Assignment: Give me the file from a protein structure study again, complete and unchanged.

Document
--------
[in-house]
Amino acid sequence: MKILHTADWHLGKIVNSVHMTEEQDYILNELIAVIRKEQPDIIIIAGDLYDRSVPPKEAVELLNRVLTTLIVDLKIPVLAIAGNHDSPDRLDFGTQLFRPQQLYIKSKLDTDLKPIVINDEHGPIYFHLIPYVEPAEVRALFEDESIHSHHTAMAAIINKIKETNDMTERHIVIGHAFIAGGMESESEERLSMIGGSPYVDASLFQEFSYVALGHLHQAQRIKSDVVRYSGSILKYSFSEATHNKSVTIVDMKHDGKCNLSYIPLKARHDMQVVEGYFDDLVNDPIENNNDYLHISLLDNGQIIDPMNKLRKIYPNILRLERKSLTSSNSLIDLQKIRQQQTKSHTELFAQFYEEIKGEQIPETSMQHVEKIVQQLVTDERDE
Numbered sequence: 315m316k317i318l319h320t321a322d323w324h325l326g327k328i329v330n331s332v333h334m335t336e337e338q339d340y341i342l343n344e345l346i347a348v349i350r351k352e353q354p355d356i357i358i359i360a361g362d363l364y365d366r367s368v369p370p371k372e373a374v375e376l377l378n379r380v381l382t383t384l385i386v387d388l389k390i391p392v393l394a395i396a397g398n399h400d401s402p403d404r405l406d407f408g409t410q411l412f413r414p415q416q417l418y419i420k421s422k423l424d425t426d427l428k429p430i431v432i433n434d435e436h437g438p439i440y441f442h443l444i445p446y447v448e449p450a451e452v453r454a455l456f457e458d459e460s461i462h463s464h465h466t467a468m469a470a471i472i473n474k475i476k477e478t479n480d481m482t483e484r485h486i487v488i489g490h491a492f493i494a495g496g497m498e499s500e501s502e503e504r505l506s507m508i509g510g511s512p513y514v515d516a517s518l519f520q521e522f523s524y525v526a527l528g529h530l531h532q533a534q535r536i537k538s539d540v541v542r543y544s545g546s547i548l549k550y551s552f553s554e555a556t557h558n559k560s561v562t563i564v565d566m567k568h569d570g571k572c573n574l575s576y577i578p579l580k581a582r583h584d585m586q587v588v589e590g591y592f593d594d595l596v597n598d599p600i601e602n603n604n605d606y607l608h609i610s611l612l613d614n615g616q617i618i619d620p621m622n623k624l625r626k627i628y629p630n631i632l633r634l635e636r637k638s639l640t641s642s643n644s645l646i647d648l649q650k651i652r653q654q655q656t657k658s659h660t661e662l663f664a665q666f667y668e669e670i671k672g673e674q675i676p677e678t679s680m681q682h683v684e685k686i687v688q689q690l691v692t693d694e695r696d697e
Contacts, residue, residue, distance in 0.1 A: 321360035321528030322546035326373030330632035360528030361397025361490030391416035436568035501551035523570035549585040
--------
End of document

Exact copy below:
[in-house]
Amino acid sequence: MKILHTADWHLGKIVNSVHMTEEQDYILNELIAVIRKEQPDIIIIAGDLYDRSVPPKEAVELLNRVLTTLIVDLKIPVLAIAGNHDSPDRLDFGTQLFRPQQLYIKSKLDTDLKPIVINDEHGPIYFHLIPYVEPAEVRALFEDESIHSHHTAMAAIINKIKETNDMTERHIVIGHAFIAGGMESESEERLSMIGGSPYVDASLFQEFSYVALGHLHQAQRIKSDVVRYSGSILKYSFSEATHNKSVTIVDMKHDGKCNLSYIPLKARHDMQVVEGYFDDLVNDPIENNNDYLHISLLDNGQIIDPMNKLRKIYPNILRLERKSLTSSNSLIDLQKIRQQQTKSHTELFAQFYEEIKGEQIPETSMQHVEKIVQQLVTDERDE
Numbered sequence: 315m316k317i318l319h320t321a322d323w324h325l326g327k328i329v330n331s332v333h334m335t336e337e338q339d340y341i342l343n344e345l346i347a348v349i350r351k352e353q354p355d356i357i358i359i360a361g362d363l364y365d366r367s368v369p370p371k372e373a374v375e376l377l378n379r380v381l382t383t384l385i386v387d388l389k390i391p392v393l394a395i396a397g398n399h400d401s402p403d404r405l406d407f408g409t410q411l412f413r414p415q416q417l418y419i420k421s422k423l424d425t426d427l428k429p430i431v432i433n434d435e436h437g438p439i440y441f442h443l444i445p446y447v448e449p450a451e452v453r454a455l456f457e458d459e460s461i462h463s464h465h466t467a468m469a470a471i472i473n474k475i476k477e478t479n480d481m482t483e484r485h486i487v488i489g490h491a492f493i494a495g496g497m498e499s500e501s502e503e504r505l506s507m508i509g510g511s512p513y514v515d516a517s518l519f520q521e522f523s524y525v526a527l528g529h530l531h532q533a534q535r536i537k538s539d540v541v542r543y544s545g546s547i548l549k550y551s552f553s554e555a556t557h558n559k560s561v562t563i564v565d566m567k568h569d570g571k572c573n574l575s576y577i578p579l580k581a582r583h584d585m586q587v588v589e590g591y592f593d594d595l596v597n598d599p600i601e602n603n604n605d606y607l608h609i610s611l612l613d614n615g616q617i618i619d620p621m622n623k624l625r626k627i628y629p630n631i632l633r634l635e636r637k638s639l640t641s642s643n644s645l646i647d648l649q650k651i652r653q654q655q656t657k658s659h660t661e662l663f664a665q666f667y668e669e670i671k672g673e674q675i676p677e678t679s680m681q682h683v684e685k686i687v688q689q690l691v692t693d694e695r696d697e
Contacts, residue, residue, distance in 0.1 A: 321360035321528030322546035326373030330632035360528030361397025361490030391416035436568035501551035523570035549585040